Back to literature, the other literary white meat. Good for all those famous authors who came to the aid of Ian McEwan, who has recently been beaten to molecular poop for plagiarizing the work of another historical novelist.

I love Thomas Pynchon's letter in response to this hoolabaloo.. And if you have a problem with my having retyped it in its entirety, then please crawl inside the nearest microwave and ask your spouse to close the door, then to set it to "Potato: 15 Minutes."

Thomas Pynchon writes: "Given the British genius for coded utterance, this could all be about something else entirely, impossible on this side of the ocean to appreciate in any nuanced way-but assuming that it really is about who owns the right to describe using gentian violet for ringworm, for heaven's sake, allow me a gentle suggestion.

"Oddly enough, most of us who write historical fiction do feel some obligation to accuracy. It is that Ruskin business about 'a capacity responsive to the claims of fact, but unoppressed by them.' Unless we were actually there, we must turn to people who were, or to letters, contemporary reporting, the encyclopedia, the Internet, until, with luck, at some point, we can begin to make a few things of our own up.

"To discover in the course of research some engaging detail we know can be put into a story where it will do some good can hardly be classed as a felonius act-it is simply what we do. The worst you can call it is a form of primate behavior. Writers are naturally drawn, chimpanzee-like, to the color and the music of this English idiom we are blessed to have inherited.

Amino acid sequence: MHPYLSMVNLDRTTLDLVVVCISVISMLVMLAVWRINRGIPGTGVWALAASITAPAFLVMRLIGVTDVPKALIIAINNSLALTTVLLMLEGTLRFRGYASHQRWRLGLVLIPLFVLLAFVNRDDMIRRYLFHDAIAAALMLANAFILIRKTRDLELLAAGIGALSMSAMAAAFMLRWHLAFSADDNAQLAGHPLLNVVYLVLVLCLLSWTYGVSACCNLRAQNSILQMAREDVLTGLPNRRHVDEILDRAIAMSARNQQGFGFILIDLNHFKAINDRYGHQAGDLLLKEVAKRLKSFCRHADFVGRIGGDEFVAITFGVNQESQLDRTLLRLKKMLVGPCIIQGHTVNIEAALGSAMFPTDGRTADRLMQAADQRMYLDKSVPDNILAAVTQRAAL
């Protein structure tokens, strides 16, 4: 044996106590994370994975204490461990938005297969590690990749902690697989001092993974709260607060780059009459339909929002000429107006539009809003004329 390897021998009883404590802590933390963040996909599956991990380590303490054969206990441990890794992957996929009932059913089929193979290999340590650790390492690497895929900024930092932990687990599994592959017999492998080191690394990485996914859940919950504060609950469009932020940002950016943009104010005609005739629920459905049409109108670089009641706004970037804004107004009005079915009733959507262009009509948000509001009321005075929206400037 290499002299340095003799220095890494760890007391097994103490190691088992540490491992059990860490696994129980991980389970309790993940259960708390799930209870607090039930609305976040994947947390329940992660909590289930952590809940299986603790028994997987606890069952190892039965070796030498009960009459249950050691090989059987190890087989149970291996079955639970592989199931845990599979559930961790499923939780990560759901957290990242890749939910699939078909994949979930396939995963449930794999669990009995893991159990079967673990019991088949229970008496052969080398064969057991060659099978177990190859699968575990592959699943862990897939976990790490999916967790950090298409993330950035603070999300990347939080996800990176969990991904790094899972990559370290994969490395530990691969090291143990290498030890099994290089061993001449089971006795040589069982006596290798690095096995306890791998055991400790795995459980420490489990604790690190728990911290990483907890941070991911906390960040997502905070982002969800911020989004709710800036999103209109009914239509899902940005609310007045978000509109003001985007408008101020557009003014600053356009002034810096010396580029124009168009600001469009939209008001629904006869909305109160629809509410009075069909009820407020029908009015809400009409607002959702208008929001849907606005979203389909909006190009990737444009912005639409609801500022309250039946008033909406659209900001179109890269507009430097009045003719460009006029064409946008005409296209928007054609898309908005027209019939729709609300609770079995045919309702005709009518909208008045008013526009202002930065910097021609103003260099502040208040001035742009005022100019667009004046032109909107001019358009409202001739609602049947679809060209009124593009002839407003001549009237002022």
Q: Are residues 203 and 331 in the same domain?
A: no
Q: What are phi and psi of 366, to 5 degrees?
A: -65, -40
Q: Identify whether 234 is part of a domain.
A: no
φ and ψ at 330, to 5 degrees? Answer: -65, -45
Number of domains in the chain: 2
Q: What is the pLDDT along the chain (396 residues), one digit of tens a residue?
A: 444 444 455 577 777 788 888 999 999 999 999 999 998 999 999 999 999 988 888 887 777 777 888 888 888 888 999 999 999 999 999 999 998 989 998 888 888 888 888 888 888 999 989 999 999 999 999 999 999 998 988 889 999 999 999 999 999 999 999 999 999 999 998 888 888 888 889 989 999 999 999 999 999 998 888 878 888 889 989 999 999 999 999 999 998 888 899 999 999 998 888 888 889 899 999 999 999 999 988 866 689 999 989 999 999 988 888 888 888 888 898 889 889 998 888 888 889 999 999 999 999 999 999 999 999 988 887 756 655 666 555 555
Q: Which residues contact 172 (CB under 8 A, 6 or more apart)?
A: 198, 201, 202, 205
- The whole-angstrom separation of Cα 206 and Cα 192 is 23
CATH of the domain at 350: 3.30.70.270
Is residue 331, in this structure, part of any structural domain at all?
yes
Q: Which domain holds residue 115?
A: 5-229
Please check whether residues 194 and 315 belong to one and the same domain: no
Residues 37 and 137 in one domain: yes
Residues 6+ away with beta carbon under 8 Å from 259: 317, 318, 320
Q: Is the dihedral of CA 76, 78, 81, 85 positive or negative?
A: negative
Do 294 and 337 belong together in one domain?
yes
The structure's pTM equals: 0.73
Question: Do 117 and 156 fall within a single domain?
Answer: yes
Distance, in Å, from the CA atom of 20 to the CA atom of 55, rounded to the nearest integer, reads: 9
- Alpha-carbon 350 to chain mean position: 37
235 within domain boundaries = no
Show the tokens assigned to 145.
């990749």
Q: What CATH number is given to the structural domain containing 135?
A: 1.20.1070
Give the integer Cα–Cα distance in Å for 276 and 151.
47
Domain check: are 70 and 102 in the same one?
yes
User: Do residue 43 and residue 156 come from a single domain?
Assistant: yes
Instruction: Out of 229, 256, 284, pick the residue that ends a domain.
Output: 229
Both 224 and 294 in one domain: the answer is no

"When given the choice we will usually try to use the more vivid and tuneful among its words. I cannot of course speak to Mr. McEwan's method of proceeding, but should be very surprised indeed if something of the sort, even for brief moments, had not occurred during his research for Atonement.

"Gentian violet! Come on. Who among us could have resisted that one? Memoirs of the Blitz have borne indispensable witness, and helped later generations know something of the tragedy and heroism of those days. For Mr. McEwan to have put details from one of them to further creative use, acknowledging this openly and often, and then explaining it clearly and honorably, surely merits not our scolding, but our gratitude."

Pynchon's simple and elegant letter has given me some new material to rip off and include in my own future works of literature. I think I'll start with "coded utterance" and "color and music of this English idiom" and then graduate to "tuneful."

Let's end things on a positive, if only slightly threatening, note: without much effort, I can find acts of "plagiarism" in the works of many great and prominent, if not well-paid, authors.

Wanna bet me?
Author Resource:- William Dean A. Garner is a bestselling ghostwriter and editor of fiction and nonfiction books. He also is the principal and senior editor of LLC. Please contact him at, or visit